The Back of the New $20

Have you seen the "Series 2004 $20 Notes"? The U.S. Treasury has rolled out yet another revamp of the U.S. twenty dollar bill in an effort to stop those pesky counterfeiters once and for all. It features high-tech fake-busting elements like a watermark, a security thread, and color-shifting ink. It also features crappy design.

I'm not going to concern myself here with a critique of the front of the bill (my friend Jeff says "it looks like something got spilled on it."). It's the back of the note that's driving me crazy.

Too Many 20s

20s closeup. If you are not seeing this image, check to make sure the file twenty_20s is in the same directory as this document

In particular, it's all those little 20s haphazardly sprinkled in the white space. They are nails-on-a-chalkboard to my visual design senses.

Are they supposed to be another security feature? ("They'll NEVER be able to duplicate this $20... look at those 20s... they're all OVER the place!") Did they let a summer intern at the Bureau of Engraving and Printing design it? ("Hey, let Jimmy try it!") Were they concerned the $20 bill might be confused with a $10? ("What this 20 needs is a LOT more 20s.")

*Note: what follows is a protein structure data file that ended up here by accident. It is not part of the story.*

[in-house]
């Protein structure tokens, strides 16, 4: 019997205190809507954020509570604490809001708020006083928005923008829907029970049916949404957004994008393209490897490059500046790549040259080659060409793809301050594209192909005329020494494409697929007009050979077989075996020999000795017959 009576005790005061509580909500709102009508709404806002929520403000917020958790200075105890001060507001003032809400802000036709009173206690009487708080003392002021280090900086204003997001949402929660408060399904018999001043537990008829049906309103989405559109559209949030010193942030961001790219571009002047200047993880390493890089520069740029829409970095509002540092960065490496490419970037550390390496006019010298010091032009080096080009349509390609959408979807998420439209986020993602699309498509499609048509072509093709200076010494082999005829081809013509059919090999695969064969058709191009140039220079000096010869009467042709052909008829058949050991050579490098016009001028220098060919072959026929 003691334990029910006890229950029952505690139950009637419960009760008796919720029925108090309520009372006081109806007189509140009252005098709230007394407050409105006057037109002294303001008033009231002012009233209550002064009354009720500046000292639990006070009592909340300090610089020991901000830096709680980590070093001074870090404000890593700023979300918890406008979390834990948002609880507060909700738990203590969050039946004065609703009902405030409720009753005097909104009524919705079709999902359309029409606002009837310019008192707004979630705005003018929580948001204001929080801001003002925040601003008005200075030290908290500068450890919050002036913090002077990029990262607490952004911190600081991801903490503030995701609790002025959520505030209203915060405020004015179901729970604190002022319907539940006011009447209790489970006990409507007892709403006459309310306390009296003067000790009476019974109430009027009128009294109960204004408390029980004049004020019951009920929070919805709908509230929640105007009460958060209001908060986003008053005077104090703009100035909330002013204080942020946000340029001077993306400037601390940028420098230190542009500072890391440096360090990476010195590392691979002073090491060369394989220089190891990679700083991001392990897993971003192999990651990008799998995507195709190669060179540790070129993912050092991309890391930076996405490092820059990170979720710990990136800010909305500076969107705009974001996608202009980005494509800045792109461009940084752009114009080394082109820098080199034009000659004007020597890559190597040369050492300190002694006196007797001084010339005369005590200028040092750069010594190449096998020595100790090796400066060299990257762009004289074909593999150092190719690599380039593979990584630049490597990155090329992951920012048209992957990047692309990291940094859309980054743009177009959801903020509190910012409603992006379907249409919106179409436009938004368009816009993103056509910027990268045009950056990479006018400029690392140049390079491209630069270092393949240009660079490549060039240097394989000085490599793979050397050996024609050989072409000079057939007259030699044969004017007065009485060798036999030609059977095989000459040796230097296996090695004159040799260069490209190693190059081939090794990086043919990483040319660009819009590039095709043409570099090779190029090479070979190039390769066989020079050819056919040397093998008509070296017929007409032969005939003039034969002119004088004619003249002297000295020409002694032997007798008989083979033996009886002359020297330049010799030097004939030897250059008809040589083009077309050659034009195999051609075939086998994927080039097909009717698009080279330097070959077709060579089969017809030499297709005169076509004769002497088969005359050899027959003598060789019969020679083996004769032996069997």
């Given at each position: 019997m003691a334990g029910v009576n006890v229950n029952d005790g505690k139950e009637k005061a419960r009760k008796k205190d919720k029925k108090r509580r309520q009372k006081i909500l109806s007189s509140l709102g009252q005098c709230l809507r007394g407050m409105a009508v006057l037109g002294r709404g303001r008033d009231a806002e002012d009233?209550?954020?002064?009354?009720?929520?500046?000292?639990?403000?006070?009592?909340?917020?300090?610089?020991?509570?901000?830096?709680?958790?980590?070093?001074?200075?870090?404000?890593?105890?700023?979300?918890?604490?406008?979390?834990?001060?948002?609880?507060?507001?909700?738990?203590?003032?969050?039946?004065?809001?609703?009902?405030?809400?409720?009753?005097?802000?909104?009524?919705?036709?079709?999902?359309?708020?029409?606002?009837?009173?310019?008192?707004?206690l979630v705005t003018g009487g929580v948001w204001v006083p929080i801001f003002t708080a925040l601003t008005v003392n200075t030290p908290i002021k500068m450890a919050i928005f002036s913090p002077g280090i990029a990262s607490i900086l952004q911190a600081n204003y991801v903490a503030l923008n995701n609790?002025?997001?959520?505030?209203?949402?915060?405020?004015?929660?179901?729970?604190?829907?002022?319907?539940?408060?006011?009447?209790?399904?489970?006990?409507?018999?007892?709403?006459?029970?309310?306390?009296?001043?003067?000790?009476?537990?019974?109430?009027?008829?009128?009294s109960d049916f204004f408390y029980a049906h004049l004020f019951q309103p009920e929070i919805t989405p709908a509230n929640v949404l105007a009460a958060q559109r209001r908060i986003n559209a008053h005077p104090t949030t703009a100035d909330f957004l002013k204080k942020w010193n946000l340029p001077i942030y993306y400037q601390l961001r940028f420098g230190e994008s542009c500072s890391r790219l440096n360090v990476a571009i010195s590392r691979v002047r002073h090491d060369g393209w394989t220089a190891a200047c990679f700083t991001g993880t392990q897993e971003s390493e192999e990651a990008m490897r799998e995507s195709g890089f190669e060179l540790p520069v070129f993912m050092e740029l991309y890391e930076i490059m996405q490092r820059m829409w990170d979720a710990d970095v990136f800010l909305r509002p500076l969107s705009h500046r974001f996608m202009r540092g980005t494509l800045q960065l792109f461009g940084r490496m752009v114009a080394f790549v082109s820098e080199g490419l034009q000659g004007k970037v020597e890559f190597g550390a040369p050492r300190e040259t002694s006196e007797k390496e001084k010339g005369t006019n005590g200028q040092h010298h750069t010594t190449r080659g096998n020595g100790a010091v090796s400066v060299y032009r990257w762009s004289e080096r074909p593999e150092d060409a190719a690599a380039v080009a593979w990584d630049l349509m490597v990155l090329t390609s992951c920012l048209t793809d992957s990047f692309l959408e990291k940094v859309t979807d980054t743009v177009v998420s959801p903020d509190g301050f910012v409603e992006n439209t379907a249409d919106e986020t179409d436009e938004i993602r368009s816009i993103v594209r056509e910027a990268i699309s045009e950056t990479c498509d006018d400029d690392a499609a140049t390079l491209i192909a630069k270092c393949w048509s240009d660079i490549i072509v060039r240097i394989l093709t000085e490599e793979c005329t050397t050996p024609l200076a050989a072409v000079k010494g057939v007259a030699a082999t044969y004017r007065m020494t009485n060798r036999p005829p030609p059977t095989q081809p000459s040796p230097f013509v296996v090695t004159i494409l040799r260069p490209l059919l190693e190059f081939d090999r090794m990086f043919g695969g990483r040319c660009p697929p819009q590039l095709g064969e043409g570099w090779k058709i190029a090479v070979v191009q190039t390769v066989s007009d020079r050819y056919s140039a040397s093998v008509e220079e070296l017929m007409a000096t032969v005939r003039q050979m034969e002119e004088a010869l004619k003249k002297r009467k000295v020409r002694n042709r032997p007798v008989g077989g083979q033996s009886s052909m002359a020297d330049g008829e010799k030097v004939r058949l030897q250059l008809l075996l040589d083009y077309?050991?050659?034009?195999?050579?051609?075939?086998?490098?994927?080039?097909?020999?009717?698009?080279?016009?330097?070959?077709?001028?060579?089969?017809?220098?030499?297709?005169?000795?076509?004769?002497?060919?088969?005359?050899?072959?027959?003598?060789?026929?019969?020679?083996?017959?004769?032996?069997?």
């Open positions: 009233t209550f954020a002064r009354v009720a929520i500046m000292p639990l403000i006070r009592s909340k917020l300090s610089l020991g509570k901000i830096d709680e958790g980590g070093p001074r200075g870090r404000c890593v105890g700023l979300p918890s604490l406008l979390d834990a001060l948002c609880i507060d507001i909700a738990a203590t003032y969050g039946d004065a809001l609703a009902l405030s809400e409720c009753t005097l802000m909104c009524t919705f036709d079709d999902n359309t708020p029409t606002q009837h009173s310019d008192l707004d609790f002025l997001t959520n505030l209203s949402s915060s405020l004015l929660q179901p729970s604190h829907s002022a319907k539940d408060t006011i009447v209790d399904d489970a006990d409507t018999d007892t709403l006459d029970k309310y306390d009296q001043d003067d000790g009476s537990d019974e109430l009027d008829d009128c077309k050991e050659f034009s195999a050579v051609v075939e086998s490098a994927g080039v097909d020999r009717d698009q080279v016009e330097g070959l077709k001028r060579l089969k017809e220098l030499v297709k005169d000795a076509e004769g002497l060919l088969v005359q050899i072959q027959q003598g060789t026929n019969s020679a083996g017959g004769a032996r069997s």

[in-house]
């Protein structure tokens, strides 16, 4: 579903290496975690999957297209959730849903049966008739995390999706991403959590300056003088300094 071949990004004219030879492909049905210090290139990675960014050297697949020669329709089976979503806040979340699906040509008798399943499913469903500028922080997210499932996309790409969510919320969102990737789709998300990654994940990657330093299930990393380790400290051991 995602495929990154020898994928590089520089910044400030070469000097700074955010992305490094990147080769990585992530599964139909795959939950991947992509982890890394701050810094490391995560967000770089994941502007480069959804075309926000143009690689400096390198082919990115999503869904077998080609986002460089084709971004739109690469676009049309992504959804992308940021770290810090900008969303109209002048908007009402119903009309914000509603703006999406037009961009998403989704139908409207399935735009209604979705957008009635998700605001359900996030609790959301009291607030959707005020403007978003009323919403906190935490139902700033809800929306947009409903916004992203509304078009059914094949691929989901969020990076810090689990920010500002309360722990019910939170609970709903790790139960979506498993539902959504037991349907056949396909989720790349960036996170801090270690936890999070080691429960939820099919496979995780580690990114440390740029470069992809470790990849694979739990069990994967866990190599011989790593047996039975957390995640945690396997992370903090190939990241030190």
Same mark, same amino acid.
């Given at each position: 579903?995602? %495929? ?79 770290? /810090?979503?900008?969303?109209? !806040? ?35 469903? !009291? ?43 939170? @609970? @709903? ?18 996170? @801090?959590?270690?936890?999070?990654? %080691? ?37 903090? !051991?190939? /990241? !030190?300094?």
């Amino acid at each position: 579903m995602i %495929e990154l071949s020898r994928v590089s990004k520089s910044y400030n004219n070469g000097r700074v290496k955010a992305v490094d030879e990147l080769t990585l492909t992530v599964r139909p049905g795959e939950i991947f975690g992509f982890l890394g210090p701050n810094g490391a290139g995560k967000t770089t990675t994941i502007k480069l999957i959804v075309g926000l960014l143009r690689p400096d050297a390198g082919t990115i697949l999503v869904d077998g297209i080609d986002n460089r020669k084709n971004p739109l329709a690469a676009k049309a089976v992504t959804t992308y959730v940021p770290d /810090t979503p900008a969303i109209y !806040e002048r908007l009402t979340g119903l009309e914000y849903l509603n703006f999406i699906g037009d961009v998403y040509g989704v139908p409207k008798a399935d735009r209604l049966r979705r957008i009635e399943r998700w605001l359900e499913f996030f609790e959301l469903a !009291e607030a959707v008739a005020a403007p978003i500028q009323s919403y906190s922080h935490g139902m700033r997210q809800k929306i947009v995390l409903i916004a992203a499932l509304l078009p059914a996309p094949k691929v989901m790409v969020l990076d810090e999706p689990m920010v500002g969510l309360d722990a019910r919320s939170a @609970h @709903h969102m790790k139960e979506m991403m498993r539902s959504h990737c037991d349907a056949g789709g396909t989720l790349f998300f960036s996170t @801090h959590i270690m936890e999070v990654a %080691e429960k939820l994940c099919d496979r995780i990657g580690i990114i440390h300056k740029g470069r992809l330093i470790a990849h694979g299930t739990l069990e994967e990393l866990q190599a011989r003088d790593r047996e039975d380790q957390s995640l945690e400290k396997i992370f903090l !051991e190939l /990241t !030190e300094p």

There must be more to it. My theory: the new 20s contain subliminal connect-the-dots messages, like tiny constellations. So, perhaps the 20s connect to form a secret message designed to stimulate the economy ("SPEND MORE") or boost patriotism ("WE'RE NO.1").

I'm not sure I've successfully cracked the code, so I'm asking for your help. I encourage you all to get a new $20 bill, connect the dots to find the message on the back (pencil is best), and mail it to me for review. Together, we can get to the bottom of this.